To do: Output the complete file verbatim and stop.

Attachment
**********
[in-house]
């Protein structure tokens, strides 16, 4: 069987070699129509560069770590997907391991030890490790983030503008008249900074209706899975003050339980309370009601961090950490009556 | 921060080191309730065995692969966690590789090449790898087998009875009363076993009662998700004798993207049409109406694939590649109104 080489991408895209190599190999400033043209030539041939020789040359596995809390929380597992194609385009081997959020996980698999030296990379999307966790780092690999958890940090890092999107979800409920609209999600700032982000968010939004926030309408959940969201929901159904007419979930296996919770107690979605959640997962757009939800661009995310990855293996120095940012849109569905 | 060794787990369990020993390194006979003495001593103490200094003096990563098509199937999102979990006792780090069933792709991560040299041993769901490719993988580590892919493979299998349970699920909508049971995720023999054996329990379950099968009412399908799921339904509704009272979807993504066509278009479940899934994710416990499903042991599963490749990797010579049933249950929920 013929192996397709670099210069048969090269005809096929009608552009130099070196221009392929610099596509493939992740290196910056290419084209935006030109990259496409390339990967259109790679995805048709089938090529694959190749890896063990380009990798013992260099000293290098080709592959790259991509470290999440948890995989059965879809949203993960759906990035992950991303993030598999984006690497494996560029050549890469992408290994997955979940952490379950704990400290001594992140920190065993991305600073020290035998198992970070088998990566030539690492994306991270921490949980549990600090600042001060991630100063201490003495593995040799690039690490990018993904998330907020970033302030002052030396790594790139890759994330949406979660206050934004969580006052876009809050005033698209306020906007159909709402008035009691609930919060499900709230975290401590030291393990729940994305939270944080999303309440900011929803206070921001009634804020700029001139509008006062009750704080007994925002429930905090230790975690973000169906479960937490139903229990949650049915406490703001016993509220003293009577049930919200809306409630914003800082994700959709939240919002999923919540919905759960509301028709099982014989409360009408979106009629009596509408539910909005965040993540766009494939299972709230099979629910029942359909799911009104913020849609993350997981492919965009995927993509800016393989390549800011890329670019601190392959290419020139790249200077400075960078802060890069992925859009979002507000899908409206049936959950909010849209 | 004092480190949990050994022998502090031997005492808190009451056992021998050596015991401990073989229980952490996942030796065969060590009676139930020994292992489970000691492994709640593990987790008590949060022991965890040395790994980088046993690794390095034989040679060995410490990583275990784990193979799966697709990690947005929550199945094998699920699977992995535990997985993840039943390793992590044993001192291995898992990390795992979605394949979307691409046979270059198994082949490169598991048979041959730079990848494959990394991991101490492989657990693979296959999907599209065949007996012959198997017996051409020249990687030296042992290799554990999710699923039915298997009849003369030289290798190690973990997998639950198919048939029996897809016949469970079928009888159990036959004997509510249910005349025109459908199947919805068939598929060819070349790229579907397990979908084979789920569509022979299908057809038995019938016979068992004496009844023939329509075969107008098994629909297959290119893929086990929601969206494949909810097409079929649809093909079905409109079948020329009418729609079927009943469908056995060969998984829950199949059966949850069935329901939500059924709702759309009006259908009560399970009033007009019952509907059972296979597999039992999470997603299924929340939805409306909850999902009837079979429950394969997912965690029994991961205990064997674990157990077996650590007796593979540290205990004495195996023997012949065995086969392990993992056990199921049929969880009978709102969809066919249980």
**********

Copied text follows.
[in-house]
């Protein structure tokens, strides 16, 4: 069987070699129509560069770590997907391991030890490790983030503008008249900074209706899975003050339980309370009601961090950490009556 | 921060080191309730065995692969966690590789090449790898087998009875009363076993009662998700004798993207049409109406694939590649109104 080489991408895209190599190999400033043209030539041939020789040359596995809390929380597992194609385009081997959020996980698999030296990379999307966790780092690999958890940090890092999107979800409920609209999600700032982000968010939004926030309408959940969201929901159904007419979930296996919770107690979605959640997962757009939800661009995310990855293996120095940012849109569905 | 060794787990369990020993390194006979003495001593103490200094003096990563098509199937999102979990006792780090069933792709991560040299041993769901490719993988580590892919493979299998349970699920909508049971995720023999054996329990379950099968009412399908799921339904509704009272979807993504066509278009479940899934994710416990499903042991599963490749990797010579049933249950929920 013929192996397709670099210069048969090269005809096929009608552009130099070196221009392929610099596509493939992740290196910056290419084209935006030109990259496409390339990967259109790679995805048709089938090529694959190749890896063990380009990798013992260099000293290098080709592959790259991509470290999440948890995989059965879809949203993960759906990035992950991303993030598999984006690497494996560029050549890469992408290994997955979940952490379950704990400290001594992140920190065993991305600073020290035998198992970070088998990566030539690492994306991270921490949980549990600090600042001060991630100063201490003495593995040799690039690490990018993904998330907020970033302030002052030396790594790139890759994330949406979660206050934004969580006052876009809050005033698209306020906007159909709402008035009691609930919060499900709230975290401590030291393990729940994305939270944080999303309440900011929803206070921001009634804020700029001139509008006062009750704080007994925002429930905090230790975690973000169906479960937490139903229990949650049915406490703001016993509220003293009577049930919200809306409630914003800082994700959709939240919002999923919540919905759960509301028709099982014989409360009408979106009629009596509408539910909005965040993540766009494939299972709230099979629910029942359909799911009104913020849609993350997981492919965009995927993509800016393989390549800011890329670019601190392959290419020139790249200077400075960078802060890069992925859009979002507000899908409206049936959950909010849209 | 004092480190949990050994022998502090031997005492808190009451056992021998050596015991401990073989229980952490996942030796065969060590009676139930020994292992489970000691492994709640593990987790008590949060022991965890040395790994980088046993690794390095034989040679060995410490990583275990784990193979799966697709990690947005929550199945094998699920699977992995535990997985993840039943390793992590044993001192291995898992990390795992979605394949979307691409046979270059198994082949490169598991048979041959730079990848494959990394991991101490492989657990693979296959999907599209065949007996012959198997017996051409020249990687030296042992290799554990999710699923039915298997009849003369030289290798190690973990997998639950198919048939029996897809016949469970079928009888159990036959004997509510249910005349025109459908199947919805068939598929060819070349790229579907397990979908084979789920569509022979299908057809038995019938016979068992004496009844023939329509075969107008098994629909297959290119893929086990929601969206494949909810097409079929649809093909079905409109079948020329009418729609079927009943469908056995060969998984829950199949059966949850069935329901939500059924709702759309009006259908009560399970009033007009019952509907059972296979597999039992999470997603299924929340939805409306909850999902009837079979429950394969997912965690029994991961205990064997674990157990077996650590007796593979540290205990004495195996023997012949065995086969392990993992056990199921049929969880009978709102969809066919249980």